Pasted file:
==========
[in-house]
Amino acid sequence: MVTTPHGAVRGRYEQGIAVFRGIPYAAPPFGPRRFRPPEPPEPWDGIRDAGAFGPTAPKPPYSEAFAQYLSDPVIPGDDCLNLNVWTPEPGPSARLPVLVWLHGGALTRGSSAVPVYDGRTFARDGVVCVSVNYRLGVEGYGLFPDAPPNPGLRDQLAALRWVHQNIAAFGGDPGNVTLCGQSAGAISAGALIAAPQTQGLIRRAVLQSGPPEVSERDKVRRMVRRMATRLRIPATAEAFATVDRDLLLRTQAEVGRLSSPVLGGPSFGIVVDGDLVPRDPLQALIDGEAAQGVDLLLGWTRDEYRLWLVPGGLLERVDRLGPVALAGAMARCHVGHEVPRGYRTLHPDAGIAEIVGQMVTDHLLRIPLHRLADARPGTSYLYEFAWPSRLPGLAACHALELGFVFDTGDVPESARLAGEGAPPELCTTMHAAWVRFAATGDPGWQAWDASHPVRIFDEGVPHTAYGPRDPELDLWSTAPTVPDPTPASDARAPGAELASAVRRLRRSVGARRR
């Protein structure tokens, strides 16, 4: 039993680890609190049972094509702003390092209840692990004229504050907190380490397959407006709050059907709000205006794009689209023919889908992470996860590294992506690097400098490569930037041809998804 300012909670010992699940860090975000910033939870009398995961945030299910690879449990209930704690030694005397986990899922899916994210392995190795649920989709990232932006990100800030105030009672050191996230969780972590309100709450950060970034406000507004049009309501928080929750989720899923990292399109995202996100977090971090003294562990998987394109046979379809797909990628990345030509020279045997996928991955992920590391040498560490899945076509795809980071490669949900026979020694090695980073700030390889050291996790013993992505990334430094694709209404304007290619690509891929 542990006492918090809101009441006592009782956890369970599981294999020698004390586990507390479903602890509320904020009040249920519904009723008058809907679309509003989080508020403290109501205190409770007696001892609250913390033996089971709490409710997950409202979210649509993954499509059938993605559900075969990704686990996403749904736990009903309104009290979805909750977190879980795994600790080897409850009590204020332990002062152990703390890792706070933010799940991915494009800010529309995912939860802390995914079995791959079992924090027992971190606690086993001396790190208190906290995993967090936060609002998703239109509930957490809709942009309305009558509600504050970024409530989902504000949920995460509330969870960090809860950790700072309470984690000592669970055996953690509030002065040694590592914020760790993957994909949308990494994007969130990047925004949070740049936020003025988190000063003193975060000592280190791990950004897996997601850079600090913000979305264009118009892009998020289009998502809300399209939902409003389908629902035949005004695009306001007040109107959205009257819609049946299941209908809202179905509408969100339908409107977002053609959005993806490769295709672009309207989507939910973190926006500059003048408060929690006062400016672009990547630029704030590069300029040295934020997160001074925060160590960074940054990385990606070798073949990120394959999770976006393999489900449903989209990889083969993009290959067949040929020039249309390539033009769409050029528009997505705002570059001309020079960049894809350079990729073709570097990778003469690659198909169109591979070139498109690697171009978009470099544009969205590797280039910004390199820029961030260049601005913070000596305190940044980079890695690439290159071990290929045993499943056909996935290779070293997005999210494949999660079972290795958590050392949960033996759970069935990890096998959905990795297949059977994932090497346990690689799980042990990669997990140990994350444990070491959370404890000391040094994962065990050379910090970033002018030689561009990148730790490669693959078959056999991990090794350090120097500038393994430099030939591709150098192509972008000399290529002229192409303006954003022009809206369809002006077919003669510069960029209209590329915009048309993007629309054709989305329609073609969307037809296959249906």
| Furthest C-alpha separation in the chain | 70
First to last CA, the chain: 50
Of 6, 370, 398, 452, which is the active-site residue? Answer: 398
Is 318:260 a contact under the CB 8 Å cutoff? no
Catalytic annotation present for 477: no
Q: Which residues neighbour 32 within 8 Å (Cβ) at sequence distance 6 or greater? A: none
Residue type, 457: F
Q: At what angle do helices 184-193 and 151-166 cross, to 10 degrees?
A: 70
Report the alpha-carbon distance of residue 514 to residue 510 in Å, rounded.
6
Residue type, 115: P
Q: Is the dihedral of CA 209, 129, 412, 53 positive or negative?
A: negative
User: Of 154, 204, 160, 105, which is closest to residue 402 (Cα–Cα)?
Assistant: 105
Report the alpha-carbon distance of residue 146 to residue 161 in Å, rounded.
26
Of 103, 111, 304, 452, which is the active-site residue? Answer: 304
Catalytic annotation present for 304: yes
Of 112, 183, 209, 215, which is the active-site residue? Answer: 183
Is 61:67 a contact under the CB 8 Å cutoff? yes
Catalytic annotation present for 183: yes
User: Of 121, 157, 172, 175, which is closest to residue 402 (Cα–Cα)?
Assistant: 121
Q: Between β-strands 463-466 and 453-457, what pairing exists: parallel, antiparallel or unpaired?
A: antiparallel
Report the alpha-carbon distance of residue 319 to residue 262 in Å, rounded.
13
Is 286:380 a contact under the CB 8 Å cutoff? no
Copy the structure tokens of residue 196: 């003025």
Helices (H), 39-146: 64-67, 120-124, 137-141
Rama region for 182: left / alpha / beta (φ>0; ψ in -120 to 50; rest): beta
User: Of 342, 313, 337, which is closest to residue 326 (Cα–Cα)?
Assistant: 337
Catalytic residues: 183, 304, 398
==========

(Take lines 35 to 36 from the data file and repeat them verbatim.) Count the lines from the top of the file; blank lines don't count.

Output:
Helices (H), 39-146: 64-67, 120-124, 137-141
Rama region for 182: left / alpha / beta (φ>0; ψ in -120 to 50; rest): beta